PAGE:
Friday, September 9, 2022

East Fort Worth IS FULL OF IT Stormwater Runoff and Sediment Pollution



Q:  What is stormwater runoff?

A:  Stormwater runoff is water from rain which flows from rooftops, over paved streets, sidewalks, parking lots, across bare soil, through lawns, and storm drains.

Q:  What is sediment pollution?

A:  As stormwater runoff flows, it collects and transports silt, soil, pet waste, pesticides, fertilizer, oil, grease, litter, and other pollutants and drains into creeks, streams, and rivers which eventually reach the ocean.  This is sediment pollution. 

These are pictures of sediment pollution caused by developer LGI on the east side of Fort Worth.  City of Fort Worth staff and elected officials have known about this for almost 5 years now.   




Q:  Did you know?  
  • The EPA identifies sediment as the most common pollutant in rivers, streams, lakes, and reservoirs.
  •  Construction activities account for 70% of sediment pollution.

Sediment pollution is considered a violation in the City of Fort Worth, but LGI and other developers in east Fort Worth (DR Horton, Benchmark, Huffines, and David Weekly) are not being held accountable for this by the City of Fort Worth.    

Our neighborhoods first brought this sediment pollution to the City of Fort Worth's attention in 2017 when DR Horton clear cut a 50-acre forest on a hill on Randol Mill. The unmaintained drainage ditches and inadequate drainage design by DR Horton approved by the City of Fort Worth is a recipe for disaster for property owners and motorists along that stretch of Randol Mill. 

This is how City of Fort Worth staff and elected officials responded to their citizens over the last 5 years. 

  • The drainage ditches along parts of Randol Mill were cleaned out a couple of times over the last 5 years.  
  • We learned the City's minimum standards factor in velocity of stormwater runoff but not volume of stormwater runoff when issuing permits.  While City of Fort Worth staff now recognizes volume as pretty important, City of Fort Worth staff is still studying whether their minimum standards should include considering volume of stormwater runoff when issuing permits.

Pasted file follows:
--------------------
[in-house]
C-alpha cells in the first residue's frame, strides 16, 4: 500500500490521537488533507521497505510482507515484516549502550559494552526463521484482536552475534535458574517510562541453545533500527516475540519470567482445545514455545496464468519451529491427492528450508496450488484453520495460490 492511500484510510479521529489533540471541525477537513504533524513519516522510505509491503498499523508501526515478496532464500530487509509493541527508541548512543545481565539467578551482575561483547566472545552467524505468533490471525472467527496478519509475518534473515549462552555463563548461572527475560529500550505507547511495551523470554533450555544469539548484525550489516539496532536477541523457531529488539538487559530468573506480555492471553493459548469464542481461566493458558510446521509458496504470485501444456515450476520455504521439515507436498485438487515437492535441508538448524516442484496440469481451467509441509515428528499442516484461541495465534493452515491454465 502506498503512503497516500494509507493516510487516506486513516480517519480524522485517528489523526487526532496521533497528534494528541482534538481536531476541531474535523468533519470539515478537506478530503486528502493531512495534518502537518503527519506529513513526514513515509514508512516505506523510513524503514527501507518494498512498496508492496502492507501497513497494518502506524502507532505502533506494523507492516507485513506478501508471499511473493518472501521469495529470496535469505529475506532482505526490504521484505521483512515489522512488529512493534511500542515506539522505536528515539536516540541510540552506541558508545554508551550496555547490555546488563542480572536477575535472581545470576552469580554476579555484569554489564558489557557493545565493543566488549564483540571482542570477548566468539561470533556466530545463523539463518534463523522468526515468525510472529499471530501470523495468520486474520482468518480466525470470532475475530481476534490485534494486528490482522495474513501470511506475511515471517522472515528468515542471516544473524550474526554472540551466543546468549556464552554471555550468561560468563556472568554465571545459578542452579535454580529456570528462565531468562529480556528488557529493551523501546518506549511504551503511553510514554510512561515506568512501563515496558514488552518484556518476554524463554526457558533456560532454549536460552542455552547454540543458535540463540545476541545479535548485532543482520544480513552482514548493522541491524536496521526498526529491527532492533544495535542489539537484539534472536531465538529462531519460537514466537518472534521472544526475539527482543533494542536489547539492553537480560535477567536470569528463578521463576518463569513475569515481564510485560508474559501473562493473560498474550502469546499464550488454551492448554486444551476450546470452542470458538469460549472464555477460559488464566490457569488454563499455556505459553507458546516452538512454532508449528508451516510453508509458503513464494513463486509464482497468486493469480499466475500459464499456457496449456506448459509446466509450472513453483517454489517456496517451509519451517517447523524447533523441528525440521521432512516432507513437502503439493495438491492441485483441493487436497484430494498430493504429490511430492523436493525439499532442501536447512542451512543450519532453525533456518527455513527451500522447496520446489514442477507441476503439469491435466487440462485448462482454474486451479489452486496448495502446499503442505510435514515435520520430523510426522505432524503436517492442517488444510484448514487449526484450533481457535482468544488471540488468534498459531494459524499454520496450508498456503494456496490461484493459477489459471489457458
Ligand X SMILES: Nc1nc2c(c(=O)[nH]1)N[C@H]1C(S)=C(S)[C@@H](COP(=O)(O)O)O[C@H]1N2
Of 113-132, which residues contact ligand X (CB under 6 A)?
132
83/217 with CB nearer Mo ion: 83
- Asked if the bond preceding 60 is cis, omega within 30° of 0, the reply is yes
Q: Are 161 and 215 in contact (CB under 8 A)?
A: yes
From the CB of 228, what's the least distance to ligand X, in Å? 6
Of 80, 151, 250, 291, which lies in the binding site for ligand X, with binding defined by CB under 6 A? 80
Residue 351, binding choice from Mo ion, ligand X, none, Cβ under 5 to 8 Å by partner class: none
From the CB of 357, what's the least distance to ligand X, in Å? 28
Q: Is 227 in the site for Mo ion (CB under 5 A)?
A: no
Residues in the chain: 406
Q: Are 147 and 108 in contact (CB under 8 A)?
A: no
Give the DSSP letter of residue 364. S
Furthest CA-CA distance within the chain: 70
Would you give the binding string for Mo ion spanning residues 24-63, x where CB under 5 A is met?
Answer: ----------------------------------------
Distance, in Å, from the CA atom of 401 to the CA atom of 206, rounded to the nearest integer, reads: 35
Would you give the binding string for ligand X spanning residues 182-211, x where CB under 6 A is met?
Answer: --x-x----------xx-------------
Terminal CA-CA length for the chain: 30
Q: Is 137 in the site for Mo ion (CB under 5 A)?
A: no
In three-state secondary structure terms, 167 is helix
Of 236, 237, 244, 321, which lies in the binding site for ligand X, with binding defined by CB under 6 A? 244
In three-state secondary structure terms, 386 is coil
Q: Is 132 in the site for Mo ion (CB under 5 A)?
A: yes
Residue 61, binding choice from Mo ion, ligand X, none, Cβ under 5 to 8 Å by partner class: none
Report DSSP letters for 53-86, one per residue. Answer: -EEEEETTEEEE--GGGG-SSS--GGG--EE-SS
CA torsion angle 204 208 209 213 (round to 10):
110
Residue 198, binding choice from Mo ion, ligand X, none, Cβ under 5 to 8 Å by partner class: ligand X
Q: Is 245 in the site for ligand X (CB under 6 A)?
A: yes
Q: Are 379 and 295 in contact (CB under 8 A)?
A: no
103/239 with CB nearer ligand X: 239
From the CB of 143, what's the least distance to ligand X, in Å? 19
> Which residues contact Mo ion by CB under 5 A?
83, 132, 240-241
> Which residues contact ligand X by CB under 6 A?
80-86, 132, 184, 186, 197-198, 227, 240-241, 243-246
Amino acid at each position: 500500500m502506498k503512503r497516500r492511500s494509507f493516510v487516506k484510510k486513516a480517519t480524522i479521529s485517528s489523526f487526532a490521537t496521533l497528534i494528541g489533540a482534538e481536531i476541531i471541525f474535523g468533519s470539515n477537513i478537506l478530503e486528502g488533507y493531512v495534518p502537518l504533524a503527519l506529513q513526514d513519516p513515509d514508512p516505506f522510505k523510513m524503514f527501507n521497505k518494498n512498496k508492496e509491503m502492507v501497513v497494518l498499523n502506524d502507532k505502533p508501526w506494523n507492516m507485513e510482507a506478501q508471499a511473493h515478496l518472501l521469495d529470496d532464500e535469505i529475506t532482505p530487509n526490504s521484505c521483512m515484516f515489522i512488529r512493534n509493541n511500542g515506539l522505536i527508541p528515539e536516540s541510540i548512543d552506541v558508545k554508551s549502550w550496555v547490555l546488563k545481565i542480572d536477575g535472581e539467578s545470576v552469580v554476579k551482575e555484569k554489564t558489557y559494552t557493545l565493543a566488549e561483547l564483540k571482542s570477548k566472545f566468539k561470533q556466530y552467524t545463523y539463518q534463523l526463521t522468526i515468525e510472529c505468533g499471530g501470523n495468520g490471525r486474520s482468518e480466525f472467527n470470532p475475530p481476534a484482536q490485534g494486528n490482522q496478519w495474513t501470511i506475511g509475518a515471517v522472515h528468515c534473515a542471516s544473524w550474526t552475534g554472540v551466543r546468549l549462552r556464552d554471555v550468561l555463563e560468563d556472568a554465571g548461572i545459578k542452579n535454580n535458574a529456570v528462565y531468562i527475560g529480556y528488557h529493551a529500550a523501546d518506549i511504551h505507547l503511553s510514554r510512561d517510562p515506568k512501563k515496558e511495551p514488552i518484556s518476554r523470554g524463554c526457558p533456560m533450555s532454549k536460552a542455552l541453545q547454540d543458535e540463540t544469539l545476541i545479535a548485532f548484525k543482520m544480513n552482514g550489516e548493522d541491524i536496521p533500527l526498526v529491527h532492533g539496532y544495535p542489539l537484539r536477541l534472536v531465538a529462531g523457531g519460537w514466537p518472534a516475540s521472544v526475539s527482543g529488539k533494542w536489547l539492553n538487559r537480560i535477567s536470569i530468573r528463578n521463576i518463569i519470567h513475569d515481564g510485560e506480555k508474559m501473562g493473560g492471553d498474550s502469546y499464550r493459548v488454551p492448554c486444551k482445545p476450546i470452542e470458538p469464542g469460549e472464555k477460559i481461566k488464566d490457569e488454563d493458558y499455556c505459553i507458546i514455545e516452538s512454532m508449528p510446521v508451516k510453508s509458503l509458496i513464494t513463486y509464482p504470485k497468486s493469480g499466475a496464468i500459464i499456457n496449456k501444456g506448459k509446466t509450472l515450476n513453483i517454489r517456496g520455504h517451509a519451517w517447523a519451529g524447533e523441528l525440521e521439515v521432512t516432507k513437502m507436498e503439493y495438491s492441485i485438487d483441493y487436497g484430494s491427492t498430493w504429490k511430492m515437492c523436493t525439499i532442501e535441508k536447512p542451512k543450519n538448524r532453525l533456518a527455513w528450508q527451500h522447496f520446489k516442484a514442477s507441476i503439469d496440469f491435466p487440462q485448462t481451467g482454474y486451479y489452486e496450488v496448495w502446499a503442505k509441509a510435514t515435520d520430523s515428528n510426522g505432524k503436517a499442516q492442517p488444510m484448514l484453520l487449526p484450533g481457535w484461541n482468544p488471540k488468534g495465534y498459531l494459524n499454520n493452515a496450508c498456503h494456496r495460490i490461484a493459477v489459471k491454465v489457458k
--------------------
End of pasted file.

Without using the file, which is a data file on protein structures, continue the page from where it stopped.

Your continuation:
• Since the LGI development on Randol Mill and Cooks Lane, City of Fort Worth staff now recognizes all development permits are not one-size-fits-all and should be considered on an individual basis. No changes have been made though, the City of Fort Worth is still studying this too.
  • We learned the City of Fort Worth does not have an adequate number of city inspectors to ensure compliance by developers.
  • We learned the City of Fort Worth justifies a certain amount of stormwater pollution by developers and refers to this as "interim conditions".  Interim conditions are expected to exist on most construction sites until the project is ultimately built out.  These interim conditions can last for years.   
  • We learned developers love to build in Fort Worth because once they receive their permit, developers know they can do whatever they want to their original design because no one in the City of Fort Worth is watching.  
  • The City of Fort Worth is using a Stormwater Criteria Manual from September 29, 2015.  2015 CFW Stormwater Criteria Manual.pdf (
  • The City of Fort Worth is using a Stormwater Master Plan from April 17, 2018. Stormwater Management Program Master Plan Update – Welcome to the City of Fort Worth ( 
  • The City of Fort Worth is using Stormwater Management Ordinances from 2010. § 31-105 STORMWATER MANAGEMENT. (
  • The City of Fort Worth and LGI put in a stormwater drain under Cooks Lane and Randol Mill which drains stormwater to the Trinity River.  The design is inadequate. 
  • The City of Fort Worth realized their Urban Forestry Ordinances were lacking after DR Horton clear cut 50 acres of post oak trees at their Trinity Oaks subdivision.  The City of Fort Worth is still studying their Urban Forestry Ordinances too.  
  • Developer LGI clear cut 100-acre forest on the second highest point in Tarrant County on Randol Mill and Cooks Lane for their Oak Ridge subdivision.
  • Developer Benchmark removed almost all of the 100s of years old post oak trees on Randol Mill for their Randol Mill Valley Estates subdivision.
  • Developer Huffines clear cut their Mockingbird Estates subdivision on Randol Mill. 
  • Developer David Weekly clear cut their Highwoods Village subdivision on Randol Mill. 
  • After years of gross sediment pollution, Code Compliance finally made a decision to fine developer LGI for their sediment pollution but someone above staff level is allowing LGI the opportunity to come into compliance before actually fining them. 

The City of Fort Worth knows the existing infrastructure for stormwater runoff on the east side is inadequate, yet the City of Fort Worth continues to permit development on the east side at a staggering rate knowing full well this development will only add to the existing problem! 

Adding insult to injury is Fort Worth City staff readily admitting in the article referenced below that they can't fix the problems they created because they don't have the money. 

A friend of mine likes to say, "If you're in a hole, quit digging!"

Quit digging, Fort Worth!  

The City of Fort Worth isn't the only city suffering similar growing pains. Maybe the City of Fort Worth will consider learning from other cities experiencing similar problems.